Barbara Rater, Director of the Census and Survey Division at USDA’s National Agricultural Statistics Service (NASS), is at the forefront of data collection processes and initiatives. With extensive experience and diverse background, she shares her perspectives on the challenges and opportunities in the field of agricultural statistics and offers insights into her role in shaping policies and programs.

Q: Tell us about your role as Director of the Census and Survey Division at NASS and the key initiatives you’ve led to ensure the quality of agricultural statistics data collection processes. How have NASDA enumerators contributed to these efforts?

As the Director of the Census and Survey Division at NASS, I oversee the data collection process for national surveys and the Census of Agriculture, managing a hefty workload that includes producing over 400 reports annually. My passion is to deliver timely, high-quality results essential for decision-makers to assess markets and policies and to improve performance and productivity. Throughout my 38-year career, I’ve deeply respected and admired the dedication of farmers, ranchers, and agribusiness professionals who provide our nation and the world with a safe and abundant food supply. Working closely with NASDA enumerators, we maintain data quality and shape policies to support producers. They are the frontline representatives of NASS with our customers – the farming community.

Q: How do you see the future of agricultural data collection evolving and its role in shaping agricultural policies and practices?

The future of agricultural data collection is poised for evolution, especially regarding its impact on shaping policies and practices. In contrast to other government entities, the most distinguishing and critical aspect of federal statistical agencies is their reliance on voluntary participation and engagement from farmers and ranchers. Given the time constraints faced by producers, there’s a continuous need to streamline data collection processes. Maintaining high-security standards while exploring faster, more convenient data collection methods is paramount. NASDA enumerators play pivotal roles in driving innovation to support rural prosperity reducing burdens on agricultural producers and facilitating the flow of essential information.

Q: Could you share any recent improvements or updates made to ARMS 3, including any new or different survey questions from the previous version? What insights or data does this aim to capture about agricultural practices and trends?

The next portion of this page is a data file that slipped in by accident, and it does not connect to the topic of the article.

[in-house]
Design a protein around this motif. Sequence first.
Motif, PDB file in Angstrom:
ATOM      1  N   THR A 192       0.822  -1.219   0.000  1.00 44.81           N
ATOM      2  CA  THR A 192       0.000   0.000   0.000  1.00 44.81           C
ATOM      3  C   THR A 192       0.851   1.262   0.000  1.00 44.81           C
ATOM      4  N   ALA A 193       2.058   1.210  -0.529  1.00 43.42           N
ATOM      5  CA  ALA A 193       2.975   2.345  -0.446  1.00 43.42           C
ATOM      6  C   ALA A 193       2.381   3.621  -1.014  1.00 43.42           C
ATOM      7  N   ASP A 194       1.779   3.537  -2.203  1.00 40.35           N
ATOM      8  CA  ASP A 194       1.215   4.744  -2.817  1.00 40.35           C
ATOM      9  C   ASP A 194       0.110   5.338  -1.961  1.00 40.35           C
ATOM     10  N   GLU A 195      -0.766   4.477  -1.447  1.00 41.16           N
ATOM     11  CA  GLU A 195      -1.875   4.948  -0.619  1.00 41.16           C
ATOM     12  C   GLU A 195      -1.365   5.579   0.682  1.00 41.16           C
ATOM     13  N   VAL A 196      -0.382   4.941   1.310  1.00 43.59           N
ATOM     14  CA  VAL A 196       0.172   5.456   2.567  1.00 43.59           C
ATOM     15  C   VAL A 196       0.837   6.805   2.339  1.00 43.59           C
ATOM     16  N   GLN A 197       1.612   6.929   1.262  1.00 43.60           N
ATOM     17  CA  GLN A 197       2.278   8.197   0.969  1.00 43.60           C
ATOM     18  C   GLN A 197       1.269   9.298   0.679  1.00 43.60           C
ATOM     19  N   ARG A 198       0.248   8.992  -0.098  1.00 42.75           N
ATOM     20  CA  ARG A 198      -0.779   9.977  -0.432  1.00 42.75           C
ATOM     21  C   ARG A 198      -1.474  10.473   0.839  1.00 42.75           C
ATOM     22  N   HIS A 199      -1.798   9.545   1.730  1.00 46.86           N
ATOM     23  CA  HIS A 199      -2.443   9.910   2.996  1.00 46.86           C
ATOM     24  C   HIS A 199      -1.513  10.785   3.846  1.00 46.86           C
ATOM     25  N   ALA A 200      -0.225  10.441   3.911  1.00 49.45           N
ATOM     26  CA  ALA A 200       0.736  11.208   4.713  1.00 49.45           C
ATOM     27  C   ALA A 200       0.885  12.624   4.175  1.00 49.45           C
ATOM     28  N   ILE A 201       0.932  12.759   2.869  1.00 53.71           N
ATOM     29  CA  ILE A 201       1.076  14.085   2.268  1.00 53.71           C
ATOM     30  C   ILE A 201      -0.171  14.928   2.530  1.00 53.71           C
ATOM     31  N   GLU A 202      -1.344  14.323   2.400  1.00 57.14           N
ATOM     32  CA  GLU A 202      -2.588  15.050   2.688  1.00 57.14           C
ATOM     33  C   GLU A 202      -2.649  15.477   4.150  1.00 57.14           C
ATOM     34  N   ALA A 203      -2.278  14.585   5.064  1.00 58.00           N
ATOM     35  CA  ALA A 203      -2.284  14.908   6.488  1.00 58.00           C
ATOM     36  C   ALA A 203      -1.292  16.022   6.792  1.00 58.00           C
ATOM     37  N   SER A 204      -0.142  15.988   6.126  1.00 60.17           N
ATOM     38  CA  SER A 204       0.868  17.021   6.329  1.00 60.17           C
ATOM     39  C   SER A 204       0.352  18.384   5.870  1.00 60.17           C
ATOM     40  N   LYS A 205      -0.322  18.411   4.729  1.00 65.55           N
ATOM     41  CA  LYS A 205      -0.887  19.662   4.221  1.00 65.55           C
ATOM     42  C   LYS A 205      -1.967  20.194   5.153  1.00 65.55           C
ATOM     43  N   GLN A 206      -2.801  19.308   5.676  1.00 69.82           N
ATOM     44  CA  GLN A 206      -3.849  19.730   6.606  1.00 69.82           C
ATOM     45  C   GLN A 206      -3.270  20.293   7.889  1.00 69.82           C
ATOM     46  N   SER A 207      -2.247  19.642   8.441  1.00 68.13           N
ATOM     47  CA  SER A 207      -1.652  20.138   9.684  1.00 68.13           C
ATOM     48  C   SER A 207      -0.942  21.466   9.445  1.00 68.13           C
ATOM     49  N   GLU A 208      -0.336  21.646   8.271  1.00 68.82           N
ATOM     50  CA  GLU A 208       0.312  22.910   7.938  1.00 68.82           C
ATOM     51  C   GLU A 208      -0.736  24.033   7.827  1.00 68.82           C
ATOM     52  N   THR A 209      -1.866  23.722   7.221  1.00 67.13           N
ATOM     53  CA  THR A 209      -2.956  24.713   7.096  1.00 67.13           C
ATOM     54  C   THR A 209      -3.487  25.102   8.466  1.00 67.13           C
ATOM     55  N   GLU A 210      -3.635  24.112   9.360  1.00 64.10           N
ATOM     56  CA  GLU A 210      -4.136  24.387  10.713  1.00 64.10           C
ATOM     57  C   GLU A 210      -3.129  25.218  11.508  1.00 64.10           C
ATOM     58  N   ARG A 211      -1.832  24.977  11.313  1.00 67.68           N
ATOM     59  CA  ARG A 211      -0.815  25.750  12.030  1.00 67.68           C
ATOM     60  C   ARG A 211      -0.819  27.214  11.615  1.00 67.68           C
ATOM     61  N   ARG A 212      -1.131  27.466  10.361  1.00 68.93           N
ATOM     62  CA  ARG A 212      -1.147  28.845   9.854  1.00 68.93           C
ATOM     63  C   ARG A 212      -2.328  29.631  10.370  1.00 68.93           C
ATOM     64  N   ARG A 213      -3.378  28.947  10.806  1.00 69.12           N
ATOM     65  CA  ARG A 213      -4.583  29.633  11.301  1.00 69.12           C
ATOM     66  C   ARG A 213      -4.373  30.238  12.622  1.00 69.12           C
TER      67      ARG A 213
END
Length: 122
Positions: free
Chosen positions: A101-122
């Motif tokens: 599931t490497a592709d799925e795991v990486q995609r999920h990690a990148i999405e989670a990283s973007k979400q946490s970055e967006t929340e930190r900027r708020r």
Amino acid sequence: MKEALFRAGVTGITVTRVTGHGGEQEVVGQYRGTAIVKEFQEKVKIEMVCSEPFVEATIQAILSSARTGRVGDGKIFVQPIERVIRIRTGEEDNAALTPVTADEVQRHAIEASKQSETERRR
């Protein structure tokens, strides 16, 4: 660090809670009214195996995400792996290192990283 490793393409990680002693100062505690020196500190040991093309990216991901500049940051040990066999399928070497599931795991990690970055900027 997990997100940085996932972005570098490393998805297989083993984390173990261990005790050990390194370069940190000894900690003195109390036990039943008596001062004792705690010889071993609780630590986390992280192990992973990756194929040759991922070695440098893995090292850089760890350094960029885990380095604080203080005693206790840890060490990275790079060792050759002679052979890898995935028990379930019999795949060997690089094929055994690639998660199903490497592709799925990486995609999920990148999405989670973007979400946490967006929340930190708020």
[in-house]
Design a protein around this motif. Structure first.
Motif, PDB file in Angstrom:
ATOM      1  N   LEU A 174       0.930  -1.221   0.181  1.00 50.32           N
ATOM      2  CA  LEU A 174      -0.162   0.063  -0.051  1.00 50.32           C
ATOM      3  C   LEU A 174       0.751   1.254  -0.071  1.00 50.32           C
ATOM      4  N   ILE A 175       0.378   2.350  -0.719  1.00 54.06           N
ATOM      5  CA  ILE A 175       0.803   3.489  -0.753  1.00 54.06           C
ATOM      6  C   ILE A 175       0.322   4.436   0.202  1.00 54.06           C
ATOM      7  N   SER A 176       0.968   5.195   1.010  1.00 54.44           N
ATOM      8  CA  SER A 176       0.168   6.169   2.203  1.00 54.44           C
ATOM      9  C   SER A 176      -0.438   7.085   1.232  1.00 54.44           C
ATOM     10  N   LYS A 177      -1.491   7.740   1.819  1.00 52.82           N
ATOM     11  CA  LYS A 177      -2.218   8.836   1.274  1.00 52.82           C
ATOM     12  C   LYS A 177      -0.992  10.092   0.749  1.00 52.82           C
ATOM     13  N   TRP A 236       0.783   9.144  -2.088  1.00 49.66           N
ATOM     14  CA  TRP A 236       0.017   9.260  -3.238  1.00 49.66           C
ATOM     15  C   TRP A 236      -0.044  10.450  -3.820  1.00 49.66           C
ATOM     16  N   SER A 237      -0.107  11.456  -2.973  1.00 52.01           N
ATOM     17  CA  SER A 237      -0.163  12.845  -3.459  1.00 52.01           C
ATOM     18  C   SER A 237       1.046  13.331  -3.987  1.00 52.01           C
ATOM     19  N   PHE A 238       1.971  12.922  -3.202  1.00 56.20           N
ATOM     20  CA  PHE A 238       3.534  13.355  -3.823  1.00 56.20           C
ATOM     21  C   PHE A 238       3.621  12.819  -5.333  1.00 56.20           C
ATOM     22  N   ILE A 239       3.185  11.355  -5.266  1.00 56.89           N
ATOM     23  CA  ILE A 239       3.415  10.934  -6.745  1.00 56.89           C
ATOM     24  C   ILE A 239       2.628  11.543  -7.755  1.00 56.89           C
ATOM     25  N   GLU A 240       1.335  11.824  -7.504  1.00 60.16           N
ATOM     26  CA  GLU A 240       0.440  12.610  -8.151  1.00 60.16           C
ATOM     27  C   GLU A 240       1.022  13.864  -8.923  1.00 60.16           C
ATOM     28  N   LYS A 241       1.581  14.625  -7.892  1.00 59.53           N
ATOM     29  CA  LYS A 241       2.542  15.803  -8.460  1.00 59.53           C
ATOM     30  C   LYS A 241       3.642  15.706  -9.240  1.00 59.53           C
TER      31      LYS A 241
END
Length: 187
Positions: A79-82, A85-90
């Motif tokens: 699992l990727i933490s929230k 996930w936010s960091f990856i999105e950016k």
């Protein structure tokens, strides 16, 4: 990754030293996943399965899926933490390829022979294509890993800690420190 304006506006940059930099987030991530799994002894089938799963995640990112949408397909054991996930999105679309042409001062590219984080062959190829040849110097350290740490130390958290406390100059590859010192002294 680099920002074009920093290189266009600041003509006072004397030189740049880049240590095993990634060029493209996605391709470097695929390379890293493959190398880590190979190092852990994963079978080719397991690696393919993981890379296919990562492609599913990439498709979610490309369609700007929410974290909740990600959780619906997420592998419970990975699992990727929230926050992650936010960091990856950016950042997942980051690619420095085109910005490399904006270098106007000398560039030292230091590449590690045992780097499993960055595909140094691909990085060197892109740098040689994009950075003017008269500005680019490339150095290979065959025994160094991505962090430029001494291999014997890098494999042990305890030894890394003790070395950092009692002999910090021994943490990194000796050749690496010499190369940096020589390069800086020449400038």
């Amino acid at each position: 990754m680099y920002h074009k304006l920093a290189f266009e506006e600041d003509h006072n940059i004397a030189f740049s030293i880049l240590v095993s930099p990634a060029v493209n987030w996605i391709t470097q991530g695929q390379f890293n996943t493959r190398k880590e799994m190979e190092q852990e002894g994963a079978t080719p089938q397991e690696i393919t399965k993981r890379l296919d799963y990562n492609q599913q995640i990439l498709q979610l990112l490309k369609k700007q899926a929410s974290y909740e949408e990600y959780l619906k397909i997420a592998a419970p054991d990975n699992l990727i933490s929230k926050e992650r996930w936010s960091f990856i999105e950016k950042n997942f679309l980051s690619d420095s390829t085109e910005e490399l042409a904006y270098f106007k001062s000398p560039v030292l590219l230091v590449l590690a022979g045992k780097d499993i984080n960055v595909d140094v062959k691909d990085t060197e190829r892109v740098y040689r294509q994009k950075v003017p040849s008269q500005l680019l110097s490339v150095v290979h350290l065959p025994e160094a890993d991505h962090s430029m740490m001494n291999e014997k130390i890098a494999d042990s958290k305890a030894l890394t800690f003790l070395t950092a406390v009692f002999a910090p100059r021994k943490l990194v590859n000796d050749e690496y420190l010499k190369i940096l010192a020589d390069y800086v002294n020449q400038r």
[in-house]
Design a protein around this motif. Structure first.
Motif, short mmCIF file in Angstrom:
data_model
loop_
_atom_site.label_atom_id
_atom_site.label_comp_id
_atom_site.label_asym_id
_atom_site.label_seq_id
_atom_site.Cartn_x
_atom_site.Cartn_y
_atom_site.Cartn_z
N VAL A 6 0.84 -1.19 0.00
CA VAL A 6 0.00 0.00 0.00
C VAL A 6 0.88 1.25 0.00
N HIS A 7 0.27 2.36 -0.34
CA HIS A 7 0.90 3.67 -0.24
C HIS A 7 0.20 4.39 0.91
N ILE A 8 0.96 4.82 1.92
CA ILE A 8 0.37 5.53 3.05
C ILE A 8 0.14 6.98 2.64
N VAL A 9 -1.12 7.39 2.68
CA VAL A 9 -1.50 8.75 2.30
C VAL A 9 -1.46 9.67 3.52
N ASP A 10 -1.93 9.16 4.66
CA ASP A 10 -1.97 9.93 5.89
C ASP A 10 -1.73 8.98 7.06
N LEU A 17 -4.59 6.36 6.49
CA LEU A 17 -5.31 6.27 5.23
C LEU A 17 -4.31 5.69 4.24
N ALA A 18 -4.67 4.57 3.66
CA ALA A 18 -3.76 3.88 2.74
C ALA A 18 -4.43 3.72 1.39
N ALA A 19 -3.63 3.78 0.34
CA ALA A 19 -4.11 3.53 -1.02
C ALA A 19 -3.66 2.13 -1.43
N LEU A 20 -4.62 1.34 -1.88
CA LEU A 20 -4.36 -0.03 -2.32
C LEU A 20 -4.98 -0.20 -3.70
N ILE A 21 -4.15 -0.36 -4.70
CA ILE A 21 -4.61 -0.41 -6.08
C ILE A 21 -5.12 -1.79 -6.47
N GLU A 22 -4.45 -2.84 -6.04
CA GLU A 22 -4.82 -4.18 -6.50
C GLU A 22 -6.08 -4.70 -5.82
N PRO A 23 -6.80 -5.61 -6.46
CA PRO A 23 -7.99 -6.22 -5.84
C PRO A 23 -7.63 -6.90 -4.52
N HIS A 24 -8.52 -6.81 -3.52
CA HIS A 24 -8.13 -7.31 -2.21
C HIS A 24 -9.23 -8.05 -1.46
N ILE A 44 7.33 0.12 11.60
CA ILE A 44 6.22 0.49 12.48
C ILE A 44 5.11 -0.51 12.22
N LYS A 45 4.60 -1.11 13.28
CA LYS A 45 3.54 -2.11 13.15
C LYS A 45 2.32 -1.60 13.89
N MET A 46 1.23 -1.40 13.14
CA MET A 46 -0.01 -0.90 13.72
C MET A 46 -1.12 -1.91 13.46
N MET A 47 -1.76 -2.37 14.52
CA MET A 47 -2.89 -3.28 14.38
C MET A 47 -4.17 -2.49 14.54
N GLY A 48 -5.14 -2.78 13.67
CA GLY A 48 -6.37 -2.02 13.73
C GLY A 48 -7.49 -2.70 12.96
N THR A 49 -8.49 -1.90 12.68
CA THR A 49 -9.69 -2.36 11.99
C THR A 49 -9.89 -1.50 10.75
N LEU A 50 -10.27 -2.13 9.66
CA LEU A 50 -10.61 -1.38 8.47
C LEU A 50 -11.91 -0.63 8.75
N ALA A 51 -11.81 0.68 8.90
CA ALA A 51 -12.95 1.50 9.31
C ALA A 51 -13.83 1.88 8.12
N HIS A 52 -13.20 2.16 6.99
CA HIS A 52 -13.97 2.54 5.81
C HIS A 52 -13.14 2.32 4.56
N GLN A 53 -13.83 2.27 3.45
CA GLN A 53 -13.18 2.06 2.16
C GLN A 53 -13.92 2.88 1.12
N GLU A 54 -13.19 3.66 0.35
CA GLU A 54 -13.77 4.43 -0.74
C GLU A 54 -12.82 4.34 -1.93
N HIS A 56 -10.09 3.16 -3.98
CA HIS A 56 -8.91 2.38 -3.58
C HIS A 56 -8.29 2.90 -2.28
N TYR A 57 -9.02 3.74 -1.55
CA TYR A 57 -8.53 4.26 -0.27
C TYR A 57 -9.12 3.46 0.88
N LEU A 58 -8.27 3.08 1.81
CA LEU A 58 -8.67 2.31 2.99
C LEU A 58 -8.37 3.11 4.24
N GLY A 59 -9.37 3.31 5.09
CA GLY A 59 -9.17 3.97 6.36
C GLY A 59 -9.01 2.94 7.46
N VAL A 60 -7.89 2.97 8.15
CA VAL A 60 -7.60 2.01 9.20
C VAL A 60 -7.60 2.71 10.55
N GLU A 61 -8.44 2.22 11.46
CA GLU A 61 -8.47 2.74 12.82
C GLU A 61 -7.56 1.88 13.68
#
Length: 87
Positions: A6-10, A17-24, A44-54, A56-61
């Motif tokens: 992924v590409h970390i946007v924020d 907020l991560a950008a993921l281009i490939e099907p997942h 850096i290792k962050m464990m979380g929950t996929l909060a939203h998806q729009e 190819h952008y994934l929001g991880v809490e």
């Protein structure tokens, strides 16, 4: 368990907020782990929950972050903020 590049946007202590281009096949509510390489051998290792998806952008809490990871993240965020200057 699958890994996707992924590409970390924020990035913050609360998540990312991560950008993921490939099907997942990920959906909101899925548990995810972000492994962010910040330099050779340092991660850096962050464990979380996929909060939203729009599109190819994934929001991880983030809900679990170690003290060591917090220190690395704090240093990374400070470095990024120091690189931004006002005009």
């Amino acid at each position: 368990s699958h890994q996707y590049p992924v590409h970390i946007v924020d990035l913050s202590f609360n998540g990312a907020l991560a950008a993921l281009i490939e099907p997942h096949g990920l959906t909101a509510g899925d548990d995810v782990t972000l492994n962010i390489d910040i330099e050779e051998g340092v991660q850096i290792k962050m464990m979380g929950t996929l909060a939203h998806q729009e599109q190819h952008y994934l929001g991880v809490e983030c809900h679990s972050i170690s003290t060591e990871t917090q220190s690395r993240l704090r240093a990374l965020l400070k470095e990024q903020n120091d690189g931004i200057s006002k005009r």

As the world’s population grows, we will need to produce more food. The traditional view of agriculture is shifting with new research, technological advances, and increased concentration in farming. Recent improvements to ARMS 3 are evolving to capture that information, and more importantly, are giving producers an opportunity to share their insights and shape their own futures.  Our partnership with NASDA enumerators ensures the delivery of complete and accurate data that supports U.S. agriculture. Better data means better decisions.

Q: What do you consider the biggest challenges and opportunities in the field of agricultural statistics today, and how can organizations like NASDA address them?

Over the past 15 years, response rates to NASS surveys have declined while the demand for additional data products and services has increased, adding to respondent burden and strained relations. Rising demands on producers’ time and competing survey requests contribute to this strain. To address these challenges, we must leverage existing datasets whenever possible. NASDA plays a significant role in building and maintaining relationships with producers, reinforcing the importance of NASS’s mission to agriculture and rural communities.  NASDA enumerators further build trust by reinforcing the rigorous security and confidentiality measures in data collection efforts. Top of Form

Q: What motivated you to pursue a career in agricultural statistics, and how do you envision the role of NASDA enumerators in the future of data collection?

My passion for agriculture and the importance of census and survey data stems from my upbringing in a military family. I experienced frequent relocation and witnessed firsthand the disparities in access to safe, abundant food and water across different countries. This instilled in me a desire to contribute to providing credible, reliable statistics to level the playing field in agriculture. NASDA enumerators are instrumental in this mission, ensuring accurate and timely information reaches the public. Some of my most cherished memories at NASS involve working with NASDA enumerators, who shared valuable knowledge about local agriculture and provided wisdom and guidance that have influenced my career. Looking ahead, I envision NASDA enumerators continuing to play a vital role in data collection and facilitating the availability of essential information for agricultural decision-making.

Q: Can you share any advice for aspiring leaders in the field of agricultural statistics?

One of my favorite parts of my job is working with NASDA enumerators and fellow USDA colleagues, who I regard as some of the most dedicated individuals in their field. My advice for aspiring leaders in agricultural statistics is to value collaboration and recognize the dedication of colleagues and enumerators. As statisticians, seeing the impact of the data collected by enumerators is incredibly rewarding. Remember that people reply on our data for critical decisions in business, policy and life. In February 2024, NASS released the results of the largest census effort in USDA history. As a leader, I look for ways to enhance productivity by planning and applying my knowledge and skills in every decision I make, striving for continuous improvement.